Aren’t there more important things to include in the ten commandments than “the name’s god, buster, and don’t you forget it.” How about a positive one, like “Look after the old, as you’ll be old one day”. Or more fundamentally, “Treat others as you would expect to be treated”. Yes, that’s in the bible, and it appears in the works of many faiths, as you’d hope: it’s a fundamental moral principle known as the Ethic of Reciprocity. Why isn’t it one of the ten commandments?

There should be a new reality show. One week the public could vote for their favourite commandment, and the least favourite would be struck from the record. The next week ten celebrities could propose replacement commandments: David Dickinson on the importance of a tidy house, Ronan Keating on nurturing talent in the young, Ricky Gervais on not letting arrogance go to your big fat head. The public would vote again, and we’d be back up to a full complement of ten commandments. Repeat for eighteen weeks, see what you get.

It’s a sure-fire ratings hit.

Anyway. The zealot would probably say that the first four commandments are about god for purely administrative reasons. First rule of Fight Club, etc. He’d explain carefully that they’re not actually in priority order. So my next question would be, in that case: what do we do when there’s a clash?

It’s not unheard of for my parents to have a party on a Sunday, have a few drinks. Not exactly holy, a great deal of idleness, debatably sinful. If I don’t go because I want to keep the sabbath holy, I’m dishonouring them. Break one commandment to keep the other. But which?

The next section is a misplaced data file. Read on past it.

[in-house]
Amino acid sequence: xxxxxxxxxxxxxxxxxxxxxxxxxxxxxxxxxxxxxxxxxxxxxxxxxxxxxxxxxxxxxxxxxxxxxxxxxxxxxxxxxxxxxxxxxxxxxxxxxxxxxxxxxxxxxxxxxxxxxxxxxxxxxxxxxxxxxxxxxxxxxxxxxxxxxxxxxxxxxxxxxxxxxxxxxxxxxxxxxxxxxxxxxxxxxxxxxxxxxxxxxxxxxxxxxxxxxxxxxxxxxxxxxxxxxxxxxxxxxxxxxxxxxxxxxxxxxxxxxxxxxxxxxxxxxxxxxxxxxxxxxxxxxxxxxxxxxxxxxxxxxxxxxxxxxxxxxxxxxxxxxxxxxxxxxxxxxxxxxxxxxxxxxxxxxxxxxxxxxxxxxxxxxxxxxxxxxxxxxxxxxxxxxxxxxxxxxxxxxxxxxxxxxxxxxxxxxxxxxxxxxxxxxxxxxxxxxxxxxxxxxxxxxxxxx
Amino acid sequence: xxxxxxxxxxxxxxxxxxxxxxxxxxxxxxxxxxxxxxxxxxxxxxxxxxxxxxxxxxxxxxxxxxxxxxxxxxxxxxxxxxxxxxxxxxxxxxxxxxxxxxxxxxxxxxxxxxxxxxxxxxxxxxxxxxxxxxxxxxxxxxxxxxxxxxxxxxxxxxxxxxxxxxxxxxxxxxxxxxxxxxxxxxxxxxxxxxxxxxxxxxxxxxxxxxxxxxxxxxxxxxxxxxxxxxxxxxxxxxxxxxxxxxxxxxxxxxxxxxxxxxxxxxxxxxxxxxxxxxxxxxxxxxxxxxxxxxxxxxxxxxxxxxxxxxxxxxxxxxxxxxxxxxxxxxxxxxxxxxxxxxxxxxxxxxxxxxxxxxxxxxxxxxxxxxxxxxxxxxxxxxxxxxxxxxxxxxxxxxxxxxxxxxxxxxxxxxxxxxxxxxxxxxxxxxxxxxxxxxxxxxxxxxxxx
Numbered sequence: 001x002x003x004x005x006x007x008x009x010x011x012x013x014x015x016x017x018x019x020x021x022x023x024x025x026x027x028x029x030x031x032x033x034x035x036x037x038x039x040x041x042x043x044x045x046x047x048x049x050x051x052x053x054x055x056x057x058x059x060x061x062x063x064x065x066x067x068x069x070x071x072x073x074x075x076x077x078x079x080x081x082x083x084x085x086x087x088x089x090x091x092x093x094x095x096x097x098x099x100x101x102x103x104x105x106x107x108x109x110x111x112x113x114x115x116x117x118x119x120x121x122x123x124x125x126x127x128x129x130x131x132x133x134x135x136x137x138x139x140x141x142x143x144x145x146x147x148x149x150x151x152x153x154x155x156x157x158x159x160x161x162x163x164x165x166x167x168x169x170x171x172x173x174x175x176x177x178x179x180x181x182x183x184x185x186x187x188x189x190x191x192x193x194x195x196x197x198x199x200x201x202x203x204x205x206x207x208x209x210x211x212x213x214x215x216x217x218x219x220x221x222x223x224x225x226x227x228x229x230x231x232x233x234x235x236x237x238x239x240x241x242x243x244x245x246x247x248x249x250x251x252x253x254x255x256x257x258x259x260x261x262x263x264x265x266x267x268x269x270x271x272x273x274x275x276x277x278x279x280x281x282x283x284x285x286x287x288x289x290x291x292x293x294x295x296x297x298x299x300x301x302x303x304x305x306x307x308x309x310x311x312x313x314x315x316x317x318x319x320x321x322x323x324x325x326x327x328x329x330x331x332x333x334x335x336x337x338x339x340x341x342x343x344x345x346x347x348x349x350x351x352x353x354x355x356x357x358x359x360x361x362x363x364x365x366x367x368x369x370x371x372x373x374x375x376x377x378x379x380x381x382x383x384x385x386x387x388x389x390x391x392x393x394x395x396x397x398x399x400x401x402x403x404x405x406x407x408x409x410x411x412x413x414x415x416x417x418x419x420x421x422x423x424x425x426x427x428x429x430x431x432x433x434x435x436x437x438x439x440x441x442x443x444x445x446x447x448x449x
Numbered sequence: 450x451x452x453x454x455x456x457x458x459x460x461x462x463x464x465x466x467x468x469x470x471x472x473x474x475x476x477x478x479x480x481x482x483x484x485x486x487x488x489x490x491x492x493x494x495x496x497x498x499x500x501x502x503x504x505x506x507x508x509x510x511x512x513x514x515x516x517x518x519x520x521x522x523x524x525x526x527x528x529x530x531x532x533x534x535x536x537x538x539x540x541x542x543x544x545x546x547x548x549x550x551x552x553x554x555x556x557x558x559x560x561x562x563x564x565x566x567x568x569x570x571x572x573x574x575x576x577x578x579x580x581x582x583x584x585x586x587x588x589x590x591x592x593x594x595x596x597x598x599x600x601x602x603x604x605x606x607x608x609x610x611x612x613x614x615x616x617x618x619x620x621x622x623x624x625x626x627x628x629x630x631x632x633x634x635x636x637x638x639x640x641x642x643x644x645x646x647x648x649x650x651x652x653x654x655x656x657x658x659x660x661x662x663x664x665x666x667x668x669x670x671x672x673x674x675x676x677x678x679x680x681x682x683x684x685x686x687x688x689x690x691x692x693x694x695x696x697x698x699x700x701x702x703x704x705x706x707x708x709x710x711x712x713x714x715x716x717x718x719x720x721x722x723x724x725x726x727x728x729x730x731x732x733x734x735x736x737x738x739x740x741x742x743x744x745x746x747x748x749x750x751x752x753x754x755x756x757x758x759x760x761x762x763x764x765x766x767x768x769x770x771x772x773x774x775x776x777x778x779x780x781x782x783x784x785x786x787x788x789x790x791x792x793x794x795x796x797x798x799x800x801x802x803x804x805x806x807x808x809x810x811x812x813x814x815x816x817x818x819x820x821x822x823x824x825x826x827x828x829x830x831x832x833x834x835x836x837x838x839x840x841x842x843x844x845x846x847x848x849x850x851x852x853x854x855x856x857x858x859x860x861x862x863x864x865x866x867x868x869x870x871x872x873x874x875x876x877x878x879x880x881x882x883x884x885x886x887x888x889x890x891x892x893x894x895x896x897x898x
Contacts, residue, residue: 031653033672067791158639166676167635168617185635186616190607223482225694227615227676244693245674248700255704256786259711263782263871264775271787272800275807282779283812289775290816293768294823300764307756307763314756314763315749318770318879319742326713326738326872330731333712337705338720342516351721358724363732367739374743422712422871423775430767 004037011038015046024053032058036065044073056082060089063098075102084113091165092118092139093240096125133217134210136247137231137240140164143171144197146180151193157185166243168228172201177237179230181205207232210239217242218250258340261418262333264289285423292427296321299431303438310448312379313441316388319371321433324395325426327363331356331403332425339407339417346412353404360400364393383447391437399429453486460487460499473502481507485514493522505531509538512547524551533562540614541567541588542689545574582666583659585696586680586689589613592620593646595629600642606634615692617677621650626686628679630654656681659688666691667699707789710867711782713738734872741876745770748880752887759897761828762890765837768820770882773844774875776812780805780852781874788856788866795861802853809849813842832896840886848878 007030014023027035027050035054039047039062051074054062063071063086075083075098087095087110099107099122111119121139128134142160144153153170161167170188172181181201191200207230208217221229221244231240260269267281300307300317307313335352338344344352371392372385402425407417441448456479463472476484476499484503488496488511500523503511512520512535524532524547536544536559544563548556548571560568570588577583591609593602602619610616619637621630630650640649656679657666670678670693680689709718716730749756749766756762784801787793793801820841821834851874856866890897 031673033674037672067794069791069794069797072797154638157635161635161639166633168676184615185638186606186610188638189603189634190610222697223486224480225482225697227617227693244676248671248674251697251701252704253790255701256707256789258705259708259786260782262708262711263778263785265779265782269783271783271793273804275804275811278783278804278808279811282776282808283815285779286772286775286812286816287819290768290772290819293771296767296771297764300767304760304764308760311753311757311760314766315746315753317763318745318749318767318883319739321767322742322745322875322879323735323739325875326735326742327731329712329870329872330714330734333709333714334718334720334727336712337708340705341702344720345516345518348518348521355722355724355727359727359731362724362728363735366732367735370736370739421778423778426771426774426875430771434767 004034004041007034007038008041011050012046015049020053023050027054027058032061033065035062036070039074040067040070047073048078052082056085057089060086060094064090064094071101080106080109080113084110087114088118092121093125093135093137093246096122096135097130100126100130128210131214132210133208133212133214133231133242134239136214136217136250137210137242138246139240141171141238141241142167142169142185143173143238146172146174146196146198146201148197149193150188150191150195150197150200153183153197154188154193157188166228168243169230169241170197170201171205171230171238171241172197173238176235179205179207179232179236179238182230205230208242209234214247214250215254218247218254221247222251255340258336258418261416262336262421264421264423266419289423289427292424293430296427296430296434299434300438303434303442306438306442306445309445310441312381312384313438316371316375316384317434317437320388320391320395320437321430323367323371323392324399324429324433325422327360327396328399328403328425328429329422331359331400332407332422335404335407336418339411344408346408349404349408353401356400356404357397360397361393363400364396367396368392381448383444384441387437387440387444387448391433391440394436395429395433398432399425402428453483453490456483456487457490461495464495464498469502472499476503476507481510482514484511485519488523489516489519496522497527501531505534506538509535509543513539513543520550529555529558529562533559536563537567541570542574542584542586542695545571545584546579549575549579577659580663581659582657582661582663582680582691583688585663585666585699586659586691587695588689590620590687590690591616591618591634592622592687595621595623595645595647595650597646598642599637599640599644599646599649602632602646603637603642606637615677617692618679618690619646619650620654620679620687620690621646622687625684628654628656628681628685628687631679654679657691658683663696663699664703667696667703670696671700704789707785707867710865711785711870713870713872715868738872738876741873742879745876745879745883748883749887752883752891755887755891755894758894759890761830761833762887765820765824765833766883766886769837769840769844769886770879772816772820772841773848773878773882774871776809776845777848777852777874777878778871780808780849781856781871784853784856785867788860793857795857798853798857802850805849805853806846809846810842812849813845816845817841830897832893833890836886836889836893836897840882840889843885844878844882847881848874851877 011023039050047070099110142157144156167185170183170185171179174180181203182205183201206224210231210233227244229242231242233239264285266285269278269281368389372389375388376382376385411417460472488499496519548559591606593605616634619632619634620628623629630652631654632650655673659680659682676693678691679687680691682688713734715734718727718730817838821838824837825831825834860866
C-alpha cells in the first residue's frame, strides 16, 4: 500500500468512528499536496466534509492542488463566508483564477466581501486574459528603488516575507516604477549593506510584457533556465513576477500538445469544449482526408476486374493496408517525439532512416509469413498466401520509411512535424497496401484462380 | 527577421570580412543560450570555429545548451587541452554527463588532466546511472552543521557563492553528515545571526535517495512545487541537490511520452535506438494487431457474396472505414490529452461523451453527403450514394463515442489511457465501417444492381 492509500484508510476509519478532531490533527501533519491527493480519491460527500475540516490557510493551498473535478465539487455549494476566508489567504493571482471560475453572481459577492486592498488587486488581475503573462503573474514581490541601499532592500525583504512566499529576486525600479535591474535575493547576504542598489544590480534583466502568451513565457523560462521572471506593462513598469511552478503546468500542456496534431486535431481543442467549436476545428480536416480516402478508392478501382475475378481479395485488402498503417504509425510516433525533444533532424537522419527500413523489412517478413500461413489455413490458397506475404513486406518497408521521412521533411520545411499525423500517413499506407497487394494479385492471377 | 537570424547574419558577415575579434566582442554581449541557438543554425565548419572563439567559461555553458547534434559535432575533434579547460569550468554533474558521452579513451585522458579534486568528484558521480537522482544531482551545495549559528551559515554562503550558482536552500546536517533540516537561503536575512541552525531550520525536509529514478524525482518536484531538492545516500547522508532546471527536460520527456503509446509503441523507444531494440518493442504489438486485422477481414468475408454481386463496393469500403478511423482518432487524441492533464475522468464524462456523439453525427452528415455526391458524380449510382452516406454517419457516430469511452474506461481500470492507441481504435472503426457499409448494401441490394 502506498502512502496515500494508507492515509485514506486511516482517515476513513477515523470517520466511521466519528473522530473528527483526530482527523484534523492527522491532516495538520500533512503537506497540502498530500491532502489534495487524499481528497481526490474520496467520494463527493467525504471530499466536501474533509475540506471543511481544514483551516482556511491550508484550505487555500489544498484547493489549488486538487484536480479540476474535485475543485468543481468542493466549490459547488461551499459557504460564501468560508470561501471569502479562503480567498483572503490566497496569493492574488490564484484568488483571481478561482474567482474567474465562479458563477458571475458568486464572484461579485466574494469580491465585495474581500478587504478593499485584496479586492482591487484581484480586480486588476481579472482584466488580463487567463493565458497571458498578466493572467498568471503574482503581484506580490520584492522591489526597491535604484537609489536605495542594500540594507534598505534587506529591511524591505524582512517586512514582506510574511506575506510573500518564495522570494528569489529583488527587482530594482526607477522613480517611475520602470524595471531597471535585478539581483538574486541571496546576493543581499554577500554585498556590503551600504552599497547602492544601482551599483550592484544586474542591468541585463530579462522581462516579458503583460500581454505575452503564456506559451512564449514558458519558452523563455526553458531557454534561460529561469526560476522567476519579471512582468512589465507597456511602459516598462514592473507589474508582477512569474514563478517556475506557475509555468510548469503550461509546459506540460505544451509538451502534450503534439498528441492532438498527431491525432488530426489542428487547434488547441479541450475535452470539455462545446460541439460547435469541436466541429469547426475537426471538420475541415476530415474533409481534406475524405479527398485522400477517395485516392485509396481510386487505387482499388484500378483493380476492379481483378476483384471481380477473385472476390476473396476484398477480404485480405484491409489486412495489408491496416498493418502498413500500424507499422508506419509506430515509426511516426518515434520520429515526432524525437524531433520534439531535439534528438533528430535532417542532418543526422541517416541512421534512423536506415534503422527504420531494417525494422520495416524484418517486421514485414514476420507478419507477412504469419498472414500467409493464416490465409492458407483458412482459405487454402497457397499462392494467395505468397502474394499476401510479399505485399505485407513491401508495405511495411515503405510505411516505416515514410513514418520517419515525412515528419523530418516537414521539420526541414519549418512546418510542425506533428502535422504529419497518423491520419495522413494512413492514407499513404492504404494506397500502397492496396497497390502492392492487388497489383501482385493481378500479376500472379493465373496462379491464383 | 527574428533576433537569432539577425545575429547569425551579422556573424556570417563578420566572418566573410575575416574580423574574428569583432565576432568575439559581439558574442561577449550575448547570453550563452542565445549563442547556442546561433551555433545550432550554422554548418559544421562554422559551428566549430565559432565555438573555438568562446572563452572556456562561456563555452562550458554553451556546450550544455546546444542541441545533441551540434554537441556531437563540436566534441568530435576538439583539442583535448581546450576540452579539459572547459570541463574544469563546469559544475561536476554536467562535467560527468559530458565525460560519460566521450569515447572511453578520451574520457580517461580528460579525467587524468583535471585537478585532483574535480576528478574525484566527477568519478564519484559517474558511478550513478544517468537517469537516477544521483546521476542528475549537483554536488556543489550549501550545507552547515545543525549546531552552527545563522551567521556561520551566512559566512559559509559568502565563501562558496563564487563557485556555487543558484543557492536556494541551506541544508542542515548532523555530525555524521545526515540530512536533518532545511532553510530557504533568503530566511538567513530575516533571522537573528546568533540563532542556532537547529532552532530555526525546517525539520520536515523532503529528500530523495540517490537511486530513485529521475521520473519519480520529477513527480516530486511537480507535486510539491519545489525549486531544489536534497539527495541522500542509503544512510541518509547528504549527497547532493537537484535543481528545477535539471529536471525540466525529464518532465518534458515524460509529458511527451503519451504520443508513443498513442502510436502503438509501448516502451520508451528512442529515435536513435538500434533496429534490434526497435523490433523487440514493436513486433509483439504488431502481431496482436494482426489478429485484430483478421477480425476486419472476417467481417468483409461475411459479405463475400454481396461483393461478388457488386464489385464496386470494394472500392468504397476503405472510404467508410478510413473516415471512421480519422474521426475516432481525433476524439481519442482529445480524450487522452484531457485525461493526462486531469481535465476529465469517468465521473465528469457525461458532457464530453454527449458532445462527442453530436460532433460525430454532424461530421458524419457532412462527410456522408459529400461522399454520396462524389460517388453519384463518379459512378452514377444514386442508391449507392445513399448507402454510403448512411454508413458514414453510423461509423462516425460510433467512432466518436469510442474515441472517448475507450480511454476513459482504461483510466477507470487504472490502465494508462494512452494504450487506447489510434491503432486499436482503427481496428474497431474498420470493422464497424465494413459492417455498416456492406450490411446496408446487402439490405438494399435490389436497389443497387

In this scenario I imagine I’d be able to invoke one of the holy get-out clauses. “You must do what you think is best, and god will judge us all in the end.” That is an ecumenical matter.

Apparently “thou shalt not murder/kill” (there’s debate over which word is correct) is helpfully suspended if you do so in self-defence; I heard the zealot say it, so it must be true. So presumably I can steal, if I do so for the greater good: imagine unlawfully liberating a crucial piece of whistle-blowing evidence. And surely I am free to covet my neighbour’s assets, if doing so makes me work harder to be able to buy newer models of them (benefiting myself and others in a positive way) and thus later gloat (the prohibition of which is not a commandment).

Let’s be honest: these aren’t commandments. They’re guidelines, common sense, “don’t eat yellow snow” with beards and togas. I’m surprised a happy-clappy archbishop hasn’t already repurposed them into “Your Ten Rules for Living”, a new paperback in the shops for Christmas, only £6.99, with a cover photograph of a smiling woman eating muesli.

I ought to try all that on the zealot. What harm could it do; I’m going to hell anyway.


1 Comment

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One response to “Not the film with Charlton Heston

  1. Anonymous


    I’m worried that you know too much about the X Factor…